I have a friend who was in the military for several years. He was taught that when interrogating or interviewing a person that he should use long moments of silence. Why? Because long moments of silence forces the other person to fill the silence with words, words that often reveal more than they want to reveal simply because they feel so awkward. How do I know this? Because he did it to me! Silence is a means of control. In God's case, silence is an expression of his lordship. The lesson here is that when you are in prayer, don't stop talking. Let God's silence move you to reveal to him the deepest things in your heart. If God wants to speak to you, he's perfectly capable of interrupting you and getting your attention. Do you think that he's not?

Now, I'm not saying that God doesn't speak in moments of silence. I'm sure that he does that from time to time. What I am saying is that we should not expect that we can get God to speak to us through so called, "Practicing the presence." Too often thoughts come into some people's heads and they think, "Oh, God has spoken to me," when if fact it just might be your own wandering mind. Jesus said his people would hear his voice and know his voice. But we hear God's voice through the agency of our minds. God forbid that we are listening to ourselves and think it's divine.

Jesus taught people how to speak to God (Luke 11:1), but never how to listen to God.

Search the scriptures, when did God speak to people? Was it when they were silently listening, emptying their minds of all useful thought like a zombie? Not at all. Consider: God spoke to Adam when Adam was trying to avoid him (Genesis 3:8-10). God spoke to Abraham after he grieved his father's death (Genesis 11:32-12:1). God spoke to Moses when he was shepherding the sheep (Exodus 3:1-6). God spoke to Jacob when he was sleeping on a rock (Genesis 28:10-17). God spoke to Joshua when he was scared out of his wits (Joshua 1:6,7,9). God spoke to Manoah's wife when she was sitting in a field (Judges 13:9). God spoke to Gideon when he was beating out wheat (Judges 6:11). God spoke to David when he was shepherding the sheep (I Samuel 16:11-13). God spoke to Paul when he was riding a horse. I could go on. I could go on for a long time. But I trust the point is made. God usually speaks when we are engaged in doing other things; and they don't have to be "spiritual" things. These people were just living their ordinary lives when God broke through to them and made his presence known. Chances are, that's exactly what he will do to you as well, if he decides to speak.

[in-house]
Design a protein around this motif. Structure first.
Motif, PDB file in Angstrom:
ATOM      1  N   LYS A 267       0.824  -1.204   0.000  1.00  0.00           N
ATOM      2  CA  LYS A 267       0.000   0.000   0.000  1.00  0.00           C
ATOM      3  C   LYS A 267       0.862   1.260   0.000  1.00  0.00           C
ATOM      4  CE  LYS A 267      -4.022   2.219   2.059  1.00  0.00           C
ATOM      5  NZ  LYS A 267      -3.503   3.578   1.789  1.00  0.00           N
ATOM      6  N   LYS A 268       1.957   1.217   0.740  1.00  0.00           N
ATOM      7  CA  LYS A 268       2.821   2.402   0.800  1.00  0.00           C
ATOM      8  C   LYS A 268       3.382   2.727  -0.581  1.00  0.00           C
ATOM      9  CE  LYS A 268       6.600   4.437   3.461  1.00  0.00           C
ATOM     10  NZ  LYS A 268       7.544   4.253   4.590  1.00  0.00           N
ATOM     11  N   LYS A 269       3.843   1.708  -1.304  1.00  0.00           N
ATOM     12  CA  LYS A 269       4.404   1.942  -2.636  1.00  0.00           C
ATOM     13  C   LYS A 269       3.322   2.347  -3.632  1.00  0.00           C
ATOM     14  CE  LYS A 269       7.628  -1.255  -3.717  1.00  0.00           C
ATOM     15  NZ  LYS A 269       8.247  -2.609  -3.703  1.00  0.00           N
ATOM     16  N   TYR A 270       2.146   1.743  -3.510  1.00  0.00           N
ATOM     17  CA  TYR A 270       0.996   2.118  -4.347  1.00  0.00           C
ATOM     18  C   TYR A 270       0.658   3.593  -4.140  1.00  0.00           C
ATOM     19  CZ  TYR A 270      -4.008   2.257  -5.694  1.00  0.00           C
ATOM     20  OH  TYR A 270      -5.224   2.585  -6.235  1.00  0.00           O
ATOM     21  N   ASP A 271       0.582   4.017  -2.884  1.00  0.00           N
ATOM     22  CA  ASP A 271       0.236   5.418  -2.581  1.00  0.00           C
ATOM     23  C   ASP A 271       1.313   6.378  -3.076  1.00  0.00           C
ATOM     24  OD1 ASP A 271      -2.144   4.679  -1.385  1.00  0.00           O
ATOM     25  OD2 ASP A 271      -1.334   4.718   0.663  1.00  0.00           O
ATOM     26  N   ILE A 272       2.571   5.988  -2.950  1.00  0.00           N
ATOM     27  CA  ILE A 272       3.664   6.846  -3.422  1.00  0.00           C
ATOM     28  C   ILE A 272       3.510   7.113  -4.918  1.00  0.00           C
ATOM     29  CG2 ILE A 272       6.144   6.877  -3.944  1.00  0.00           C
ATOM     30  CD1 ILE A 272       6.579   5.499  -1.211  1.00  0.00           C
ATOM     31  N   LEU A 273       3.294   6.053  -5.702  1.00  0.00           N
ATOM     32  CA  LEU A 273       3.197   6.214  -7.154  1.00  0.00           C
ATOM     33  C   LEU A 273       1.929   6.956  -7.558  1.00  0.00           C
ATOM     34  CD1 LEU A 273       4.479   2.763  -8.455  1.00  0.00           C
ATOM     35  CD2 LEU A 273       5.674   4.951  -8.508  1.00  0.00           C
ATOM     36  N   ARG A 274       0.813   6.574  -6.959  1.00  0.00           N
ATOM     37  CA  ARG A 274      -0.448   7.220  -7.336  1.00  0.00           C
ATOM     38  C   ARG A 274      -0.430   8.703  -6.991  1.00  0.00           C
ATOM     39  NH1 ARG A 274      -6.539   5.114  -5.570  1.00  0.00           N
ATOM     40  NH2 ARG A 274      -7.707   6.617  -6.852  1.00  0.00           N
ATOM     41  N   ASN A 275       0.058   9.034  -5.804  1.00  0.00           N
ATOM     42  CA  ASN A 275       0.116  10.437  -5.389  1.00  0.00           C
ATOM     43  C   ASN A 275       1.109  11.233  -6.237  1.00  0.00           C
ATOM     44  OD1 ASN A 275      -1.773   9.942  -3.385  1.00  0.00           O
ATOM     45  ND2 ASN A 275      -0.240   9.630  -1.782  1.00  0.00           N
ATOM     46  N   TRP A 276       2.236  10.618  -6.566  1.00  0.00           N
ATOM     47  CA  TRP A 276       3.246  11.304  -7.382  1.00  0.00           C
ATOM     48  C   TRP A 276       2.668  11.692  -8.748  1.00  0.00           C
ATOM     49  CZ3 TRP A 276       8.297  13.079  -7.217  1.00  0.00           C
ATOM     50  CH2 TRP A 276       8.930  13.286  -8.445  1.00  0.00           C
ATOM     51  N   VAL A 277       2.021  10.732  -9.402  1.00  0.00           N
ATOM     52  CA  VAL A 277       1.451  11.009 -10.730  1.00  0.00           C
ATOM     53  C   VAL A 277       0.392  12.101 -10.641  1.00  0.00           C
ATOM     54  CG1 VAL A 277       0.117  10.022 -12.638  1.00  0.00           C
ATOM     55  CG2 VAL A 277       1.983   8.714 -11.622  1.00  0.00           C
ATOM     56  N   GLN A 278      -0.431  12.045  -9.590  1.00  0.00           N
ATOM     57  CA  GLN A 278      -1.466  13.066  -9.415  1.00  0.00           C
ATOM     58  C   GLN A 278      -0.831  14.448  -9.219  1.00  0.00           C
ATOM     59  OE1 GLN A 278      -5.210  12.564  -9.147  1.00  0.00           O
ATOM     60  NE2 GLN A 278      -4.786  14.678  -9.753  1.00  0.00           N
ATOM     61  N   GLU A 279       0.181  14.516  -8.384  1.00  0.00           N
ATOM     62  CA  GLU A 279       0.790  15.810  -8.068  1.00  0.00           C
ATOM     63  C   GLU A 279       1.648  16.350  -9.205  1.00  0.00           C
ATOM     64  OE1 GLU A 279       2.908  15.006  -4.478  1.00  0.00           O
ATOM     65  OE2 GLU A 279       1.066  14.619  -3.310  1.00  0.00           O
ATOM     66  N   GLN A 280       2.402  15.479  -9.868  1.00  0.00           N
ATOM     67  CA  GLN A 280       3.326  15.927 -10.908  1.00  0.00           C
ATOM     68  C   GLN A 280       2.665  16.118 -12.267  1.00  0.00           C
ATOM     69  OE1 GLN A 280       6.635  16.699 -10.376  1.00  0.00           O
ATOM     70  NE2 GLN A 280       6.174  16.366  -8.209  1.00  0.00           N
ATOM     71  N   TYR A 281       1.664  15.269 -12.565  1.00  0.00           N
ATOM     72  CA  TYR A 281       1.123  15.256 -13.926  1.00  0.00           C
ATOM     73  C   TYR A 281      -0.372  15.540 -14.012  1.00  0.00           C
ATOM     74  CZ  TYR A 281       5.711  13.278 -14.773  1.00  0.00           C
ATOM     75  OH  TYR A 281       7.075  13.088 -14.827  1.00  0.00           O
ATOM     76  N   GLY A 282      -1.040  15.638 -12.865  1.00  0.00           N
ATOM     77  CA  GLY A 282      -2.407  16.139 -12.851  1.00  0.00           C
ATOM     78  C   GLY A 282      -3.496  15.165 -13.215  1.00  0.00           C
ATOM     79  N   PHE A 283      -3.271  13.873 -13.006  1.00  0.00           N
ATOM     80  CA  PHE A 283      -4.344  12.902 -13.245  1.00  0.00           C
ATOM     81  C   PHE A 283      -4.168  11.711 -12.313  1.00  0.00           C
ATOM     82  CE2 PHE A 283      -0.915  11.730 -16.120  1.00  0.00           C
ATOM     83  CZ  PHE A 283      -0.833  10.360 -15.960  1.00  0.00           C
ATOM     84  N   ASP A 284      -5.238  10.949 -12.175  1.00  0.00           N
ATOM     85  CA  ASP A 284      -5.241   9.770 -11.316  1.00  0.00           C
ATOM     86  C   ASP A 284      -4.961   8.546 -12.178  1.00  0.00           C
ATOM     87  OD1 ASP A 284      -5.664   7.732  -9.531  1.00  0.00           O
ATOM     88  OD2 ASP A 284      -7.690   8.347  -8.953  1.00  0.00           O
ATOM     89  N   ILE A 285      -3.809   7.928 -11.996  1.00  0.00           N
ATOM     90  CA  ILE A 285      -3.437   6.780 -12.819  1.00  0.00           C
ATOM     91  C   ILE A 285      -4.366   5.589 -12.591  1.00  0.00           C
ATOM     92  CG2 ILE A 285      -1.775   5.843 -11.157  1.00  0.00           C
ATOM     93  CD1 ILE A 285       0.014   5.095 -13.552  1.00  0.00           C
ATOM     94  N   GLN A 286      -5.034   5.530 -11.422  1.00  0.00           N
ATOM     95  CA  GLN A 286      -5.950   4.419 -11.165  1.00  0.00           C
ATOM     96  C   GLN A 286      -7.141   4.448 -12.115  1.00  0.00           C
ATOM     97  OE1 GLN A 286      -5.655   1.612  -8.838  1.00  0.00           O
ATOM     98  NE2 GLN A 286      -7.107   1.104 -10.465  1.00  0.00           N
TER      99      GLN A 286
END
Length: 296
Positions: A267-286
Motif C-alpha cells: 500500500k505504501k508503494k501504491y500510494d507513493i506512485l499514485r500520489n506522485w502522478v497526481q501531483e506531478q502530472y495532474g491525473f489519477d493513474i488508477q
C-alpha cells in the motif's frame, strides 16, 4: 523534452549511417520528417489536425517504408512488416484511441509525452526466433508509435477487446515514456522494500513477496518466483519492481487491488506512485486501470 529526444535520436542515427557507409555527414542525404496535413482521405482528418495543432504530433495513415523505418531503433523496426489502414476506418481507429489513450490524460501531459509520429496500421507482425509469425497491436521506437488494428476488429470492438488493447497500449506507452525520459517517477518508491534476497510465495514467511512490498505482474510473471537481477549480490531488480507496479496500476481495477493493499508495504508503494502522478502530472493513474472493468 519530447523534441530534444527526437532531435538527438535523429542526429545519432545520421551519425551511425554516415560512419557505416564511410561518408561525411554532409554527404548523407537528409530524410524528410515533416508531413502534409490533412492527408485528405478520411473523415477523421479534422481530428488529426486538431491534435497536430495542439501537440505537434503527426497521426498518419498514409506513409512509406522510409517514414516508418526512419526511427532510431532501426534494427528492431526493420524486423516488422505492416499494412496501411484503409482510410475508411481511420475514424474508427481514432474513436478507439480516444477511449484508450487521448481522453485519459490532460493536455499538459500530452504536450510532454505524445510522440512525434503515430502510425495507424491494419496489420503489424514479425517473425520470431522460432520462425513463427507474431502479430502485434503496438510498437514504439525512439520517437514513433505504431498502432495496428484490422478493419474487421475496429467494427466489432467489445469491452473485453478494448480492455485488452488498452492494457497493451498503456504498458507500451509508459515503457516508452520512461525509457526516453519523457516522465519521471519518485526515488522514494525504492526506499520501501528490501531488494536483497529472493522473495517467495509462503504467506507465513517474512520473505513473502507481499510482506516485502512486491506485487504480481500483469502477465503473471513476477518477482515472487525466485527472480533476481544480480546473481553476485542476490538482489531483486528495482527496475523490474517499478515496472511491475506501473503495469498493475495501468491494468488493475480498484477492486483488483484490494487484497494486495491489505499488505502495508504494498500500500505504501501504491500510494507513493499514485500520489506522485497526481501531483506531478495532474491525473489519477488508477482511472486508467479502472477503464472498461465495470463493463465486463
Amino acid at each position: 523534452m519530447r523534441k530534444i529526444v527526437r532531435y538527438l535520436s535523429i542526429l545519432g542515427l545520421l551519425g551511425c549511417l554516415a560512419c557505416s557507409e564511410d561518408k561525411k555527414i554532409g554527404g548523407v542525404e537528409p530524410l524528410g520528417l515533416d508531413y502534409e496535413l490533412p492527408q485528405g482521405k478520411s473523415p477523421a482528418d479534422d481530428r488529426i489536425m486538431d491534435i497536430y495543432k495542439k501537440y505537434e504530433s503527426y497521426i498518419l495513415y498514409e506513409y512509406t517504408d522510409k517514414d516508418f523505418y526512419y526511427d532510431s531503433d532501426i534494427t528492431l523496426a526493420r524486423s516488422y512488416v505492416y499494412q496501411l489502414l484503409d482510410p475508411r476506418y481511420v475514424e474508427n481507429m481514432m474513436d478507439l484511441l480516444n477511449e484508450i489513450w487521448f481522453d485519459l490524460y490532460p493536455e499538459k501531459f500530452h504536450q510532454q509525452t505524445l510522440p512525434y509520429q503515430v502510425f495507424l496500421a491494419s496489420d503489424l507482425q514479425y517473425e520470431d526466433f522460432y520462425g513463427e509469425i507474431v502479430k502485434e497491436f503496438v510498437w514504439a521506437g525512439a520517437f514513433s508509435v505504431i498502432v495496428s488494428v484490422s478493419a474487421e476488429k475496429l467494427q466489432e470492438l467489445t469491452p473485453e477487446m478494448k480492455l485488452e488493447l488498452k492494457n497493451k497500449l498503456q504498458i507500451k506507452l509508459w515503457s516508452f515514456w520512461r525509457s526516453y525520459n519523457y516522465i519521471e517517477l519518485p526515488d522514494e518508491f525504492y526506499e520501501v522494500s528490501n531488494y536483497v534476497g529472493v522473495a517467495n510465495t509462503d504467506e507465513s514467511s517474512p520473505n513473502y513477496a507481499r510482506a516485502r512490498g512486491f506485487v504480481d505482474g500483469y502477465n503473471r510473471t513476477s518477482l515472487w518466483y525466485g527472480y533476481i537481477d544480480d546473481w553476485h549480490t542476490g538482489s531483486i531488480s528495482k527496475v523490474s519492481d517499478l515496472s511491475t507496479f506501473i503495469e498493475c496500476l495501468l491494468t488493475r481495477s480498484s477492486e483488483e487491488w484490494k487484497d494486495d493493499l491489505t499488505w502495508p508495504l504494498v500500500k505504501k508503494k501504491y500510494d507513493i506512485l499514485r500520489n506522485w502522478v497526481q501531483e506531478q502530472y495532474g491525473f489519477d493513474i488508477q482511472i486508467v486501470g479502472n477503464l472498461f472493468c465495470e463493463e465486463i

If you want to "practice the presence" there's nothing stopping you. In one sense it's a good exercise because it at least puts you in a frame of mind to want to hear from God. I can't really fault that. But for me, I'd rather lay myself bare in words to the Lord. He can interrupt me anytime he wants. And he can do the same for you.